A willingness to GO and mentor unchurched people:

There is a church in the USA that currently has around 200 weekly worshippers and 70% of those worshipping were, up until a few years ago, unchurched people. Compare that statistic with many of our churches that find themselves in a slow, terminal decline. What is it that this bright spot church has done to move from decline to rapid growth of new believers?

Simply this: the members of its congregation have accepted the call to move out from the cloisters and move amongst the unchurched, befriending them, gaining their trust, living life with them, mentoring them, showing them the better way of living – the Way of Christ and, in the course of time, inviting them to join their spiritual community of brothers and sisters. These church members have recognised that in all the churches in terminal decline, and I quote, “rather than rub shoulders with unchurched people, the goal has seemed to be a relational separation. As a result, most Christians have completely isolated themselves from non-Christian unchurched people. The church-sanctioned practice of turning inward to only befriend other believers nullifies any evangelistic influence.” How many of our close friends are unchurched? Why is this the case?

There is a lovely saying by John A Shedd that sums up this point: “A ship in harbour is safe, but that’s not why ships are built.” A Christian surrounded only by other believers finds security, companionship and the joy of sharing a common goal, but that is not why the Lord has chosen us to be a child of His. We have been called to leave the harbour and set sail on the high seas!

And here is the great encouragement: the vast majority of unchurched people have faith and many, particularly amongst the emerging adults, (18-30s) are longing for friendship, companionship, longing to do life with those who are older and of the Faith. 82% of unchurched people who are asked by a believing friend/mentor to attend church with them WILL ATTEND!

The bright spot church members are GOING/MOVING amongst the unchurched and befriending them, rather than STAYING put with other believers, hoping the lost will just turn up. As a result, many unchurched people are coming to faith through personal friendship, mentoring and invitation.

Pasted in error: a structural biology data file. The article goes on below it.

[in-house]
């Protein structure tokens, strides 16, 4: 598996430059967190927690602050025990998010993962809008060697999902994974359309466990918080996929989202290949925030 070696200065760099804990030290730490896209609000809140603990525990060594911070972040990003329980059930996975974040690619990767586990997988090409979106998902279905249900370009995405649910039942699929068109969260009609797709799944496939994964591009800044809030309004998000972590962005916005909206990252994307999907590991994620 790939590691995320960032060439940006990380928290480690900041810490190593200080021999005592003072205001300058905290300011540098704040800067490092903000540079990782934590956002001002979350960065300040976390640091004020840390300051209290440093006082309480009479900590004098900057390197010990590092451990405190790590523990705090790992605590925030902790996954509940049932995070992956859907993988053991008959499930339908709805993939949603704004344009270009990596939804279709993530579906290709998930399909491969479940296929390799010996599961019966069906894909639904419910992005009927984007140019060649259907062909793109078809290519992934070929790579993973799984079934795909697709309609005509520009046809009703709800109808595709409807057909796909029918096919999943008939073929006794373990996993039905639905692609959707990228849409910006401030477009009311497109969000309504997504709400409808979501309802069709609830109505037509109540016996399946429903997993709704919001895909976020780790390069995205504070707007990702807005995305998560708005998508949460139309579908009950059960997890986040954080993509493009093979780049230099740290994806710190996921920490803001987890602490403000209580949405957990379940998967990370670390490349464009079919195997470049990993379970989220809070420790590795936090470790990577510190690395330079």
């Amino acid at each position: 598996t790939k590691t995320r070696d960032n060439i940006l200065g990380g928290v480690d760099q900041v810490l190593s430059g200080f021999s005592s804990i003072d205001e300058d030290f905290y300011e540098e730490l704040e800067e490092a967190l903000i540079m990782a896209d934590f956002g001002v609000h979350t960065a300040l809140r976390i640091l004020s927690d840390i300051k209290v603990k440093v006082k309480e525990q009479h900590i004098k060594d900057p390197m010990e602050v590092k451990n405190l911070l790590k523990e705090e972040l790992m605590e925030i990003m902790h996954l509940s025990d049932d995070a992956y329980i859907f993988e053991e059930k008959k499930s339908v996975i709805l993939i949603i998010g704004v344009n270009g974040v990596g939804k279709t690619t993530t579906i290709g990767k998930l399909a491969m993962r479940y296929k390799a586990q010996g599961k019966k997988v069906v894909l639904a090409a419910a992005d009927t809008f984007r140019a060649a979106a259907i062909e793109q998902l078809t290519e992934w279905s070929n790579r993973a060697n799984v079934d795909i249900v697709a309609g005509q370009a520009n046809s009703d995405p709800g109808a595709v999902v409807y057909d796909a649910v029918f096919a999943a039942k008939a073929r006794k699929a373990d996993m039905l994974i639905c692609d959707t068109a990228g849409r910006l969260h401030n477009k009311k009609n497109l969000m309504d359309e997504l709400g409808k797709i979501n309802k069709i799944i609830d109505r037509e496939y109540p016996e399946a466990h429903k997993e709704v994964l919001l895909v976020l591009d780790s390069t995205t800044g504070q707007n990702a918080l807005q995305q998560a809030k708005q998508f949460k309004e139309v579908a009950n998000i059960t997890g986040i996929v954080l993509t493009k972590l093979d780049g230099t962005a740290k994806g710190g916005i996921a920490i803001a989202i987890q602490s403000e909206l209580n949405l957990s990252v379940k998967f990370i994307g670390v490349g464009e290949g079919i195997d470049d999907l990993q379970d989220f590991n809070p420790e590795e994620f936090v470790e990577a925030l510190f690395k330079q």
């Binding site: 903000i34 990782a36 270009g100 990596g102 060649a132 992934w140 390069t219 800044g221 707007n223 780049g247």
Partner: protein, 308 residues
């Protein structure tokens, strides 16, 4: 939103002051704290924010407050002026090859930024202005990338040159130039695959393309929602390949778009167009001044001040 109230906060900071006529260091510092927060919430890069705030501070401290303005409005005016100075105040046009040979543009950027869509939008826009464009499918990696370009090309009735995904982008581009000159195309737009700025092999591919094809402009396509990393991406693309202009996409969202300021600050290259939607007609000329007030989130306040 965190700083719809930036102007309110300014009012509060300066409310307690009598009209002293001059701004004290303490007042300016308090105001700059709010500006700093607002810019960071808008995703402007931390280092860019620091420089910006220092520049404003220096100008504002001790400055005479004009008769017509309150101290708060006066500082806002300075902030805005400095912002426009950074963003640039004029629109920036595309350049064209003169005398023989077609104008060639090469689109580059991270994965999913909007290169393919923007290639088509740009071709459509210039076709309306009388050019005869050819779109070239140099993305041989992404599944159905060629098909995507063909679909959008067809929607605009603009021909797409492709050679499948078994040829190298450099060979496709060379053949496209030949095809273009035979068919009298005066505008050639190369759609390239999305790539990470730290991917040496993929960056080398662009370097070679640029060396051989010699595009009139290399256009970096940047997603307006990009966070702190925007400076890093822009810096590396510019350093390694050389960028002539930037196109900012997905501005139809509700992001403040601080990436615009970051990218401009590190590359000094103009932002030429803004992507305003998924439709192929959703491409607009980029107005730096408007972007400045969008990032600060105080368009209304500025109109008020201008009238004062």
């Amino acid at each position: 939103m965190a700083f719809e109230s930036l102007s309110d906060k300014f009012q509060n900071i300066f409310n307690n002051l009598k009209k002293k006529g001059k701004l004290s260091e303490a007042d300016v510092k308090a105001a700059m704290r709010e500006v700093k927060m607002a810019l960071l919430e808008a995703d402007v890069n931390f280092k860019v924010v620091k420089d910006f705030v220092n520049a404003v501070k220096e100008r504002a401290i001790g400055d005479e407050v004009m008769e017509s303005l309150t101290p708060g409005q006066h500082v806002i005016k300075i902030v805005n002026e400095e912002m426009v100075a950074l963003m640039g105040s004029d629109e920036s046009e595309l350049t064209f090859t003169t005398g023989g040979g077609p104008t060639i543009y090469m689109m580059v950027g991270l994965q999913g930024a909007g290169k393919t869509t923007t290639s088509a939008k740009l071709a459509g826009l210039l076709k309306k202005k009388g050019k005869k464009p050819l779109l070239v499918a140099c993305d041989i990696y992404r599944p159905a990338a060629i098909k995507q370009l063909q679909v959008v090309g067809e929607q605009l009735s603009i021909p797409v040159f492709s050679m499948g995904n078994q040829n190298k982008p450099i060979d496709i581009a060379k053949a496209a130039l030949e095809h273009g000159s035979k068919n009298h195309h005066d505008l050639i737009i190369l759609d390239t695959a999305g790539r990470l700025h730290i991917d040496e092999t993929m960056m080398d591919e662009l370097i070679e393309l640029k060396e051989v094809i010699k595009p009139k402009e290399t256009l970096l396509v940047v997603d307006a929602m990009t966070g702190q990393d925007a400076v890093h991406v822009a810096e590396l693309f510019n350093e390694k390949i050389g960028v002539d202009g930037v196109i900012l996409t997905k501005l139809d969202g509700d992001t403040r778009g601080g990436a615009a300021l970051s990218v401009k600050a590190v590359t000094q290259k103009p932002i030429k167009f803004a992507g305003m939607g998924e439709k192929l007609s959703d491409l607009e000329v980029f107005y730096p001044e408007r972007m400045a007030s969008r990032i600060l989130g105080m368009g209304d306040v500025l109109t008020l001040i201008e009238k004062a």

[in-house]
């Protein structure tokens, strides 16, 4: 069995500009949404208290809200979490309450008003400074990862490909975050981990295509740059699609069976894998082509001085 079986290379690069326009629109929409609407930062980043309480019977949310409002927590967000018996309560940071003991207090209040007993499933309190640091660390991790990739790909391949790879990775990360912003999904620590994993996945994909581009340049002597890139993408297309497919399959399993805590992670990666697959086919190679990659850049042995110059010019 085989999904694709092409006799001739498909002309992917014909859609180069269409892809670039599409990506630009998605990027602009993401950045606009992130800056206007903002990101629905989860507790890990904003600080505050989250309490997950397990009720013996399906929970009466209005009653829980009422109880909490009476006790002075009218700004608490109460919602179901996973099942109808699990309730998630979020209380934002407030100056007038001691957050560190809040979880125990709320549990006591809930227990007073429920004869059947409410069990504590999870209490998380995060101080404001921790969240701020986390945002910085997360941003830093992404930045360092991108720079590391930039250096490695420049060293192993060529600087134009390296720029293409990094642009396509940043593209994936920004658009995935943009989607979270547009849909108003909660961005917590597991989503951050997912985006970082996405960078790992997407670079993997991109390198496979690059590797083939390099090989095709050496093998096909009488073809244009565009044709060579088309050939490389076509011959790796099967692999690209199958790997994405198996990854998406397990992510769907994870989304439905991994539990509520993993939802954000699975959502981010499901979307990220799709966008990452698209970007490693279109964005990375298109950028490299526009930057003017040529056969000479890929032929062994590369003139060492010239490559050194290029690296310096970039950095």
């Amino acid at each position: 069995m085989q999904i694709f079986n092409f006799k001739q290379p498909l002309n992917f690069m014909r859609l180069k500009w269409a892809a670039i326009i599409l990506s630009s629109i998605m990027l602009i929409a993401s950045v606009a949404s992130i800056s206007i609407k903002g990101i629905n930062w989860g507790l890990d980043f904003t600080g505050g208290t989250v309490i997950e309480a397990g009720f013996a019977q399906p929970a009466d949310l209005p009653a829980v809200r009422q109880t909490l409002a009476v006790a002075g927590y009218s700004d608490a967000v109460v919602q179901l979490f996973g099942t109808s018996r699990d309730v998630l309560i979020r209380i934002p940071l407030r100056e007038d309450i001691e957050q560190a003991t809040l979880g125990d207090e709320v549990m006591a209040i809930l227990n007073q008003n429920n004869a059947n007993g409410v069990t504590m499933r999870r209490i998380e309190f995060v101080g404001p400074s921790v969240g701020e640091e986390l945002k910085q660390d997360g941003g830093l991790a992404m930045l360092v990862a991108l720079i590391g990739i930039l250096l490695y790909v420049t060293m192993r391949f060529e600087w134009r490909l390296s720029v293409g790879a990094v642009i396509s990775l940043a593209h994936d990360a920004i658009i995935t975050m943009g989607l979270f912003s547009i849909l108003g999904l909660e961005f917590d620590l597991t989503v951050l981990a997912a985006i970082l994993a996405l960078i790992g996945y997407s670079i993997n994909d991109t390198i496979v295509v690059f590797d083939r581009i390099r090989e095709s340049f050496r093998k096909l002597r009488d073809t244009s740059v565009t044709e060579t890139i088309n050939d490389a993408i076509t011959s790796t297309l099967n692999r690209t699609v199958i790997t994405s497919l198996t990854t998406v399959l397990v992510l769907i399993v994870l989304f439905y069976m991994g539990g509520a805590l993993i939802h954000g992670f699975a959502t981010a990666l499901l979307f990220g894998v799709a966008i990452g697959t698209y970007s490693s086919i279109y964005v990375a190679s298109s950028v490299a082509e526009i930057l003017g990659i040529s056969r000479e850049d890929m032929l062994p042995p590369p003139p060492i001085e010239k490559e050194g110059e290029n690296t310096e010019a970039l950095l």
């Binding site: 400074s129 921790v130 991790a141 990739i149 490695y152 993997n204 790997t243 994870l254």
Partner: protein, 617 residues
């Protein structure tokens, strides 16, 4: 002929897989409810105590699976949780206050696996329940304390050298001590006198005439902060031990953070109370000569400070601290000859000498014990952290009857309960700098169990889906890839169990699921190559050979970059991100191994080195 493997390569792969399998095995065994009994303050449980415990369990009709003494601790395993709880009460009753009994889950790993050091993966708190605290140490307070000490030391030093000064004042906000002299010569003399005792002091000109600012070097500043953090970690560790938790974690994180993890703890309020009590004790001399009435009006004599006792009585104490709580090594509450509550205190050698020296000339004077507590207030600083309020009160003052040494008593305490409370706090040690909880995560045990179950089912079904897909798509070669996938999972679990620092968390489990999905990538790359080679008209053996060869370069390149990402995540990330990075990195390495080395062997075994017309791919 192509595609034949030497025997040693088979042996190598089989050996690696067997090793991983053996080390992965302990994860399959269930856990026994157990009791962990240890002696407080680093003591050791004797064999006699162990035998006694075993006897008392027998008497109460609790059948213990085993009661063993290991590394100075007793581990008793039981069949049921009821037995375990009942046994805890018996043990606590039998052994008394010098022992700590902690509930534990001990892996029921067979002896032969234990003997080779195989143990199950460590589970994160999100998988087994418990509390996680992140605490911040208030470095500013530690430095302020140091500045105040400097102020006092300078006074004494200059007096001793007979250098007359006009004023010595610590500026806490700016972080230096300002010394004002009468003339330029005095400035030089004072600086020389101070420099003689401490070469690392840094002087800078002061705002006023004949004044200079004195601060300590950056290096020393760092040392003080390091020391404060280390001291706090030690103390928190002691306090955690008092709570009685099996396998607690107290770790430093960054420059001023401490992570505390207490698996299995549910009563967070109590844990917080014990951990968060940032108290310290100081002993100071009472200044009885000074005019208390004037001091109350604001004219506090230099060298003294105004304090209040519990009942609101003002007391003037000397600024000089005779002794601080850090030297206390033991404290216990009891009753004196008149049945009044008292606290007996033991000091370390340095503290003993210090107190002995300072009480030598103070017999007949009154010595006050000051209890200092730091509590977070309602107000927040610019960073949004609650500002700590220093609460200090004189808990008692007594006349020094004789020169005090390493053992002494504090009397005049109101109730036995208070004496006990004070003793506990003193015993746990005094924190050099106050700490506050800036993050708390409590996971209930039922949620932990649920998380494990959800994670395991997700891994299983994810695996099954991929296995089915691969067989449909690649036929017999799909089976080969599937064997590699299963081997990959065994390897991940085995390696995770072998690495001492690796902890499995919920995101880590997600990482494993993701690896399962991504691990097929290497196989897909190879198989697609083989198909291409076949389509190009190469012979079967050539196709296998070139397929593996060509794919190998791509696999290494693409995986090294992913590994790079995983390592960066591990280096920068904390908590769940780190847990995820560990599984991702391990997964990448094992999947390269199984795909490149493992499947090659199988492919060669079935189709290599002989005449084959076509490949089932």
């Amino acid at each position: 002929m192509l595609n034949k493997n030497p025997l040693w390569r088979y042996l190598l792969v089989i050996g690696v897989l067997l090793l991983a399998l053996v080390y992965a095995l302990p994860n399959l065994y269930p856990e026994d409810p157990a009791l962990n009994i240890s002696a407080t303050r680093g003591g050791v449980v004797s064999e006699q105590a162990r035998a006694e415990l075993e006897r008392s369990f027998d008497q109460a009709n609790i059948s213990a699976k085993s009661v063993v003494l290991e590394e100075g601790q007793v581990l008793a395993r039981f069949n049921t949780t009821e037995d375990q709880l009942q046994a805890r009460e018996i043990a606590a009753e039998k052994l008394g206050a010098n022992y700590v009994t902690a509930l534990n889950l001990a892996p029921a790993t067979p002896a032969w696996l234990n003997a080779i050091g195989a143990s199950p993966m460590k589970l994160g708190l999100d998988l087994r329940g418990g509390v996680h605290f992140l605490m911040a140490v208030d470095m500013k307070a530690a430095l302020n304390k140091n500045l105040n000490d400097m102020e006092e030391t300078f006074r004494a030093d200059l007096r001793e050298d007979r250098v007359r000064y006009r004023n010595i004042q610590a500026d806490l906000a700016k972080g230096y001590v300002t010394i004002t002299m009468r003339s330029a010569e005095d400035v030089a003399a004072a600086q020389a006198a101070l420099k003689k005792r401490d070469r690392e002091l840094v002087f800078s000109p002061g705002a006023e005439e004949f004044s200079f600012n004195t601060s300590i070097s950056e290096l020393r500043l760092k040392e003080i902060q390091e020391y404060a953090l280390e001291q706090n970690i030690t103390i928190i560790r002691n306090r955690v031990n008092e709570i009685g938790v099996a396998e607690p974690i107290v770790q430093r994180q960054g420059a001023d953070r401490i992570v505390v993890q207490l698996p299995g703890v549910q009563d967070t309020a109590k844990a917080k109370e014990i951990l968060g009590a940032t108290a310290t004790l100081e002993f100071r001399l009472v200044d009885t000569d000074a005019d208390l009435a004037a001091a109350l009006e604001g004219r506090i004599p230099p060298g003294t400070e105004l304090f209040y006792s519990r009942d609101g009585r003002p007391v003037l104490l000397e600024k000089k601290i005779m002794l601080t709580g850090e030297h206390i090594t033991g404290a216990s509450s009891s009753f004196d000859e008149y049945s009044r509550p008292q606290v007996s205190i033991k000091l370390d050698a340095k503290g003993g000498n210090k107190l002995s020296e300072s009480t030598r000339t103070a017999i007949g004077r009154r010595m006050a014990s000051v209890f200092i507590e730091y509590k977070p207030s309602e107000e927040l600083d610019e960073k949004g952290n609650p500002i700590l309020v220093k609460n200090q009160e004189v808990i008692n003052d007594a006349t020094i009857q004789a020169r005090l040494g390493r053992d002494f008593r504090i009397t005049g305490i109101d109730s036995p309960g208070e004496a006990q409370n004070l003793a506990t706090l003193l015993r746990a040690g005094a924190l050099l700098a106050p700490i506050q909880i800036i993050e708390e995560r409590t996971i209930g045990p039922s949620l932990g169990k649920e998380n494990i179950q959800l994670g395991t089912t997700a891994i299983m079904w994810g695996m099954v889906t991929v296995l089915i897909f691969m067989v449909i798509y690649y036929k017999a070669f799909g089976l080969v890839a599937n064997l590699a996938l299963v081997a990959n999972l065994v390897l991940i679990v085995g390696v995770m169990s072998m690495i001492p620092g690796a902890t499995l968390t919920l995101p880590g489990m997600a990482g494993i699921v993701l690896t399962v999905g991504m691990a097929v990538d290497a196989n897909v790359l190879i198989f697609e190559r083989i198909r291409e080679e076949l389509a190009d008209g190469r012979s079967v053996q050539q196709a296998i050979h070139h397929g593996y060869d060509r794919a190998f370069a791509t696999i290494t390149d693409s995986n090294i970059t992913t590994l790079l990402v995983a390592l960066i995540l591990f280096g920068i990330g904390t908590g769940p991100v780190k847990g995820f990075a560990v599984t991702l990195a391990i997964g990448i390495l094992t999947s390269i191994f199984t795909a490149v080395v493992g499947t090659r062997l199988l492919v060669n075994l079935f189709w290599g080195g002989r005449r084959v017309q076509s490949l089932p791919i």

A willingness to embrace all who come

A final quote: “What Jesus never said: “Feed the hungry only if they have the right papers. Clothe the naked only if they’re from your country. Welcome the stranger only if there is a zero risk of doing so. Help the poor only if it’s convenient. Love your neighbour only if they look like you.” Those bright spot churches that are winning the unchurched are those who are willing to embrace all who come with no exception. Early on in my sabbatical I spent half a day with Yellow Ribbon, a community chaplaincy in Telford that ministers to men who have recently finished a prison sentence. During the presentation a member of the team told us that every former prisoner who comes to Yellow Ribbon is embraced as an equal. There is no condemnation for any crime committed, all are loved, encouraged, received and accepted.

The bright spot churches adopt the same attitude. All are welcomed irrespective of their past, what they think, whether they believe in Christ or not, whether their beliefs and practices are contrary to the Christian faith. All are accepted and embraced and the Holy Spirit is allowed to do His work and transform the people in His timing. Some unchurched, particularly those emerging adults hold very different viewpoints to us: many believe in abortion: many believe in same sex marriage: some take drugs: some have had multiple sexual partners; nearly all see the church as bigoted and judgmental. The bright spot churches receive and embrace them all, encouraging them to get involved in some church ministry even before they have come to faith! They have discovered that a sense of belonging is a vital part of their journey towards receiving Jesus.

Where do we go from here?

Can I suggest that if we are willing to change, if we are willing to GO and live life with the unchurched, if we are willing to embrace all whom the Lord sends then we too will be laying the foundation stones for a thriving Christian witness here at the Rockspring centre, both now and for many years to come. Amen"